Embden Geese aka Emden Geese
Embden Geese are also known as Emdens in America, L'oies d'Emden in France and Belgium, and Emder Gaense or Emdener Gaense in Germany. The first Embdens arrived in Boston in 1821, where they were initially referred to as "Bremens" - named for the port of departure (Bremen in Northwest Germany).
This breed is one of the oldest domestic breeds, with records of it dating back about 200 years. It is the most common goose used for commercial meat production, because of its fast growth rate, large size (nearly twice the weight of the common banyard goose) and feathers (double the feathers of the common banyard goose).
Together with the Large Dewlap Toulouse Geese - Embdens are the largest geese, and produce the largest eggs.
Lewis Wright - an author and illustrator "Practical Poultry Keeper" 1899 - stated that these geese originated from the northwestern German town "Emden" - formerly spelled "Embden" - hence this breed's common name.
Others argue that this breed got its start in Denmark. Edward Brown - author of "Races of domestic poultry", 1906 - believed that the Embden was created by crossing the German White with the English White. Some authorities suggest that the large size of this breed was a result of selective breeding with Toulouse Geese. This breed was refined further in England to be a more compact shaped goose.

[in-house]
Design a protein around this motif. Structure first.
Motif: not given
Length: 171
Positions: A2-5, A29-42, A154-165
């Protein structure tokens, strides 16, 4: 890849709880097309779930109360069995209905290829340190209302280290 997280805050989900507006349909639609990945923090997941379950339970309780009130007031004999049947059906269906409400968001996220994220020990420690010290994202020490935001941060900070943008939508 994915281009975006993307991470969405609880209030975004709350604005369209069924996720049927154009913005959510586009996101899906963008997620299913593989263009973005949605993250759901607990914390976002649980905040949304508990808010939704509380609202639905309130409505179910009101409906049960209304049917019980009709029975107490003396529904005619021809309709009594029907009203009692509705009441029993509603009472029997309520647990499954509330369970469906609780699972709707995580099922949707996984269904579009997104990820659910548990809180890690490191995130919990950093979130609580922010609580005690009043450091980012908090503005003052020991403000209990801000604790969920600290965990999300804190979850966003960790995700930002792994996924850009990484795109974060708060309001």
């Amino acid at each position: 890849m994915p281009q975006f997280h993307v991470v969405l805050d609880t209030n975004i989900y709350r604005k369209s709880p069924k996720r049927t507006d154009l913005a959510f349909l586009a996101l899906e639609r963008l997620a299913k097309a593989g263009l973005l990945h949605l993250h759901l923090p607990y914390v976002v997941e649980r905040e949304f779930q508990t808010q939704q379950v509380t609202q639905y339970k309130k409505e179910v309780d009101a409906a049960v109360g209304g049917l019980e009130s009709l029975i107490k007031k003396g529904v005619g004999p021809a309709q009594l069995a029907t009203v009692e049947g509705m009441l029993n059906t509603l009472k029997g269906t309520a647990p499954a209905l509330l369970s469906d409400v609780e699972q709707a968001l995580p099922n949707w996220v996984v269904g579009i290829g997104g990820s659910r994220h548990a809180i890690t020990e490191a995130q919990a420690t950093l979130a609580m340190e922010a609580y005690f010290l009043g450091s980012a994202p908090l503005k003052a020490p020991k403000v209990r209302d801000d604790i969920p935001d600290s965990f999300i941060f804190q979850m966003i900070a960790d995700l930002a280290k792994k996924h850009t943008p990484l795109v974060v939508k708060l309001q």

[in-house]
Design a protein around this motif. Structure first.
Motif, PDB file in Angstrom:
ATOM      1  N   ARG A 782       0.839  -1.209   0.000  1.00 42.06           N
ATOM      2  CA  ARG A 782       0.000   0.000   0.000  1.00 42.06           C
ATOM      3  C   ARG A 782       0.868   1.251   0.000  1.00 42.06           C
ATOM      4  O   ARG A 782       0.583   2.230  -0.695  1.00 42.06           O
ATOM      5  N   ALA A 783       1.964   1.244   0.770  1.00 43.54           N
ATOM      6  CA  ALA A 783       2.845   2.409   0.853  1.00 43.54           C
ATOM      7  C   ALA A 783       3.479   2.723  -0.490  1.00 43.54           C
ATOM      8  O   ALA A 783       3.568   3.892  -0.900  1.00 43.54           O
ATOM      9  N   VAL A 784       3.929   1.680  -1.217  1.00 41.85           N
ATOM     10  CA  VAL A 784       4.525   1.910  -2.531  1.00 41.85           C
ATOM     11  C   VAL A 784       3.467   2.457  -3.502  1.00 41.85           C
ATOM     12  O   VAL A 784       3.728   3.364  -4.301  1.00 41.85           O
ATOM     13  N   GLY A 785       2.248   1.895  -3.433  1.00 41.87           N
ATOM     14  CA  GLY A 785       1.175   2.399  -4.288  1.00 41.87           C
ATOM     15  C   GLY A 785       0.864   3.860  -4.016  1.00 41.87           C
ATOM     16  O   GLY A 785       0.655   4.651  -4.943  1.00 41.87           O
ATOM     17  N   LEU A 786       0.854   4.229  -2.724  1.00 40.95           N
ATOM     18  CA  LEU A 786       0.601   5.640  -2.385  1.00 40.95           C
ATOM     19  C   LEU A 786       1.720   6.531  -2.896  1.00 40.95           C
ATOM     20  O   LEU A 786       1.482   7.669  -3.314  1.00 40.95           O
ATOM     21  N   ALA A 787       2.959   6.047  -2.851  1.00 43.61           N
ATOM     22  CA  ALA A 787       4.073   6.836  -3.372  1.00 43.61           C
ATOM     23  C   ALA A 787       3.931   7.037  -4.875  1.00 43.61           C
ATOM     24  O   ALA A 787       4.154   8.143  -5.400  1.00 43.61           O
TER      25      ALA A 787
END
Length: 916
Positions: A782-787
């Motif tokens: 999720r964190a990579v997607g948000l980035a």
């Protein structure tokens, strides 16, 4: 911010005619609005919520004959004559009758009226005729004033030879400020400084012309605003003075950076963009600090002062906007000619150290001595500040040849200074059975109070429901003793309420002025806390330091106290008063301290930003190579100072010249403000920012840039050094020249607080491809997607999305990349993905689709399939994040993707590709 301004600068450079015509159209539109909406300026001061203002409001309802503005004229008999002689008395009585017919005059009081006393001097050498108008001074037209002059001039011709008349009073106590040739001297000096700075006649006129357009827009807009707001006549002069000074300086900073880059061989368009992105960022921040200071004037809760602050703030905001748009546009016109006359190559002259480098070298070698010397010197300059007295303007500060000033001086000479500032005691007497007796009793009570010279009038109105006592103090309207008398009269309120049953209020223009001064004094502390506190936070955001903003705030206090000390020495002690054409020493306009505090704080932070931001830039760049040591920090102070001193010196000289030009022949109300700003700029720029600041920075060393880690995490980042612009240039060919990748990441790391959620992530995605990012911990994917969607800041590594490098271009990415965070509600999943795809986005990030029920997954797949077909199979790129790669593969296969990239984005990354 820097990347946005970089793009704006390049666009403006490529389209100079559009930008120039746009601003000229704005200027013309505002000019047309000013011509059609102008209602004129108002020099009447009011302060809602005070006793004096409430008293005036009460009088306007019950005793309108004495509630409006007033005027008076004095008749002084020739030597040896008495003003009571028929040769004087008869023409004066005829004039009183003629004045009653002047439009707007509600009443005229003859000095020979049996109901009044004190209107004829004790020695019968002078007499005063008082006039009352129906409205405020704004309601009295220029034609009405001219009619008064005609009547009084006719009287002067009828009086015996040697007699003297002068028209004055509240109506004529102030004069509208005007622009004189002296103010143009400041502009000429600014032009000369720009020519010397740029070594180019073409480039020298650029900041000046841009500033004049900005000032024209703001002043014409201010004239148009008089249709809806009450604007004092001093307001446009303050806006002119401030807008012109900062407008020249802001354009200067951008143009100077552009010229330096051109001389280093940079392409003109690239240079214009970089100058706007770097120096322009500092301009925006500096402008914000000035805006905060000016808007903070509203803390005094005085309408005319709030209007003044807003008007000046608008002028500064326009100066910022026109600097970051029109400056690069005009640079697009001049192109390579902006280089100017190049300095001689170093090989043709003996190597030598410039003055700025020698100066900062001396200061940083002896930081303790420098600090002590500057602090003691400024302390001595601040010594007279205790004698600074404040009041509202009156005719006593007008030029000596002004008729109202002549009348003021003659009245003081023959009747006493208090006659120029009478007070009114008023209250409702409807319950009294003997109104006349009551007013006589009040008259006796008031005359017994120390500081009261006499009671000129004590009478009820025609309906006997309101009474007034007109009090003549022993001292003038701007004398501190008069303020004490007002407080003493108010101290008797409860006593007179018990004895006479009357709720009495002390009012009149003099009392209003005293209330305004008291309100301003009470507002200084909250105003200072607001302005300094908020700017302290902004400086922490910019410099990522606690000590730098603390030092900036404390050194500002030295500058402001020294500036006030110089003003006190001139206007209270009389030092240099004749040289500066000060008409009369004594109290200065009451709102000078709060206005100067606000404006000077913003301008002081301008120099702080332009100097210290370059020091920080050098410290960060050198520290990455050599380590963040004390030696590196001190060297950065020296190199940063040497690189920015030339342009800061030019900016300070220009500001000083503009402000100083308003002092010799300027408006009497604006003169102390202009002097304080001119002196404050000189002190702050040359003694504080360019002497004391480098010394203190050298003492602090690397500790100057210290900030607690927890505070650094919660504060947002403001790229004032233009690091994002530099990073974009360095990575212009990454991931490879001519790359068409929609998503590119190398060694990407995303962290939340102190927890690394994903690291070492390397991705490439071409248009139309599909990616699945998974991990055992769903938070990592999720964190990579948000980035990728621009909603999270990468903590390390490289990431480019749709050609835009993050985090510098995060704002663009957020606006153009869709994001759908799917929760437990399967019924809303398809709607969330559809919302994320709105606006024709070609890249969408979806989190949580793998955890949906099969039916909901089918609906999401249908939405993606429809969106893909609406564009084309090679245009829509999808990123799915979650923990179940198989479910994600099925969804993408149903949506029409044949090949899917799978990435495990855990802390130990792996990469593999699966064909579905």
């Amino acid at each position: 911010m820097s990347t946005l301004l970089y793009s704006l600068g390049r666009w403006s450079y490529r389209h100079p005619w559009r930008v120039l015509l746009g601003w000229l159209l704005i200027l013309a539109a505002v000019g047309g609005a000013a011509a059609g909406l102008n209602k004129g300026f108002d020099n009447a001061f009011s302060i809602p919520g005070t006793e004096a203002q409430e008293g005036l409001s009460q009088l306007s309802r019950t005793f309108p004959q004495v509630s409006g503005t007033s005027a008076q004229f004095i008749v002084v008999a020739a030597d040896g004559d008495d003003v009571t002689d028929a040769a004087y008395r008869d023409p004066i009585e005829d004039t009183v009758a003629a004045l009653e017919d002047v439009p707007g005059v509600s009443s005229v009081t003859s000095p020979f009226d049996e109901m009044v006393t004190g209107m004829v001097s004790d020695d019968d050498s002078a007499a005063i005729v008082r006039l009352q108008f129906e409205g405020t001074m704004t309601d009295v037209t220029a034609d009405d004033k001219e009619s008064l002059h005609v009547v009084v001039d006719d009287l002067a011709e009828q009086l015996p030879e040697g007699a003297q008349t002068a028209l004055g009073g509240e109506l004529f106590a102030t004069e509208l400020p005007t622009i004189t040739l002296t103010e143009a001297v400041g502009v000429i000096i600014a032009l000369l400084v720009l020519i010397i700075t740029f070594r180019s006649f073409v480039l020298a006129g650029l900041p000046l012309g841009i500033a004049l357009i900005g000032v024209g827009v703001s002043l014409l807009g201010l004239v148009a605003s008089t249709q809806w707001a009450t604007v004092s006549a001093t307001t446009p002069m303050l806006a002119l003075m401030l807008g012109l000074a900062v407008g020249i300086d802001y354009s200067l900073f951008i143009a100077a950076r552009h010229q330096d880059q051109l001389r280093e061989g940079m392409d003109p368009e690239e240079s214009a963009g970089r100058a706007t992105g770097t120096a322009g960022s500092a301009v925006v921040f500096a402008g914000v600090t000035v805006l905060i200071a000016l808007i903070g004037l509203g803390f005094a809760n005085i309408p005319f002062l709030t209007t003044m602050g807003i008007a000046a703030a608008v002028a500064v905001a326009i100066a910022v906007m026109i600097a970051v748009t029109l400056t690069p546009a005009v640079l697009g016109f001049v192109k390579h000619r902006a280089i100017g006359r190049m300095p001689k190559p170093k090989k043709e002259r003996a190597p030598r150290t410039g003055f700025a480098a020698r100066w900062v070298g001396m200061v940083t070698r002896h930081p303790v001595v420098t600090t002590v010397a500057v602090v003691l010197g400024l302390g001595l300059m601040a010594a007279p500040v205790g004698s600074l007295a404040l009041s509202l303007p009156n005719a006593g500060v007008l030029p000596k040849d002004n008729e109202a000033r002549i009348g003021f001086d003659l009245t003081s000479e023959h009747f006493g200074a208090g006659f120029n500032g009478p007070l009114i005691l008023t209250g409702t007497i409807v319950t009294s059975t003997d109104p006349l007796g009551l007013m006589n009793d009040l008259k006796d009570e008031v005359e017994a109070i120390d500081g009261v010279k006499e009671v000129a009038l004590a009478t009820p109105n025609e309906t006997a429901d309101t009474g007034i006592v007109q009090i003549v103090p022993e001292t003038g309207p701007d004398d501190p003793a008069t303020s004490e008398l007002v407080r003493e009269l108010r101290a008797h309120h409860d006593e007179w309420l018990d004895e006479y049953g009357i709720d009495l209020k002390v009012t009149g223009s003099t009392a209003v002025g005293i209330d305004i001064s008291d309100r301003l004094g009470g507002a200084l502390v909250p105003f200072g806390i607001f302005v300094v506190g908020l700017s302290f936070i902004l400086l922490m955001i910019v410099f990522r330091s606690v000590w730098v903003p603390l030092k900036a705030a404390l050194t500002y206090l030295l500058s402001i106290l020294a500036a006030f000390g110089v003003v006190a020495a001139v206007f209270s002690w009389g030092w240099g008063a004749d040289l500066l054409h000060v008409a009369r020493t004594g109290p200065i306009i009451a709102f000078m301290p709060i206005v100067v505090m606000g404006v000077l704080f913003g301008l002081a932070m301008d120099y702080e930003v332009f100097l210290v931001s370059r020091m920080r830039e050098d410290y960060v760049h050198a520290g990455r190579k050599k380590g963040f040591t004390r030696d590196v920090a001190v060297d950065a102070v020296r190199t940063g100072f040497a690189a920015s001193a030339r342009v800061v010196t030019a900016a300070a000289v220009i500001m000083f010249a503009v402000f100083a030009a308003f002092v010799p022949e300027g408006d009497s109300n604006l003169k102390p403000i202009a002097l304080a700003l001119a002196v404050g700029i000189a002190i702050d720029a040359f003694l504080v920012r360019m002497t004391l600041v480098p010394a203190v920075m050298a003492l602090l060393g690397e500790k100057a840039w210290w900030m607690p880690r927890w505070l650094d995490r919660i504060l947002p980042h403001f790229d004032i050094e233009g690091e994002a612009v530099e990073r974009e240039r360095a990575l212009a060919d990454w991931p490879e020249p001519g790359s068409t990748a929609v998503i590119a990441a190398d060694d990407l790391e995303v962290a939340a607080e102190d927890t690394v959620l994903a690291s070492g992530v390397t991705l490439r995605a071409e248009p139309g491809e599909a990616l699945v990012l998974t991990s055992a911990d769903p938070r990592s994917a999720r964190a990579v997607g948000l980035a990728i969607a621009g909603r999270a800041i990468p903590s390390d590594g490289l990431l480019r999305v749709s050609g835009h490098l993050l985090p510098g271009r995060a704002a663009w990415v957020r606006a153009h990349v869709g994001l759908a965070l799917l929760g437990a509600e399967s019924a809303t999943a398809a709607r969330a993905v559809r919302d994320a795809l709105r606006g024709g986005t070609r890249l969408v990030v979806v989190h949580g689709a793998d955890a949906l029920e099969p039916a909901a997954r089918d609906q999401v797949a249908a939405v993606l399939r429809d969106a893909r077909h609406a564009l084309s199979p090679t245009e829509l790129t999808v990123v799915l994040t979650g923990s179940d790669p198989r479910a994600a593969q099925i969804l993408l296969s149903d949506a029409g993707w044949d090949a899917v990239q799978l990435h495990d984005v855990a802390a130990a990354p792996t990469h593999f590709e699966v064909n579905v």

The Embden Goose is the tallest of all geese, reaching over 3.3 feet or one meter in height. Embdens in the UK are usually a little shorter and stockier than those found on the continent.
Goose (females) weigh from 20 to 24 lbs (9 - 11 kg) and ganders (males) from 24 to 31 lbs (11 - 14 kg).
The head is oval-shaped. They have long, graceful necks and short tails. The eyes are clear blue.
Adults have a pure white plumage. Birds under a year of age may have some grey feathers - typically on the back or rump.
The short bill is bright orange white a flesh-colored bean on the tip. The fairly short legs and feet are orange.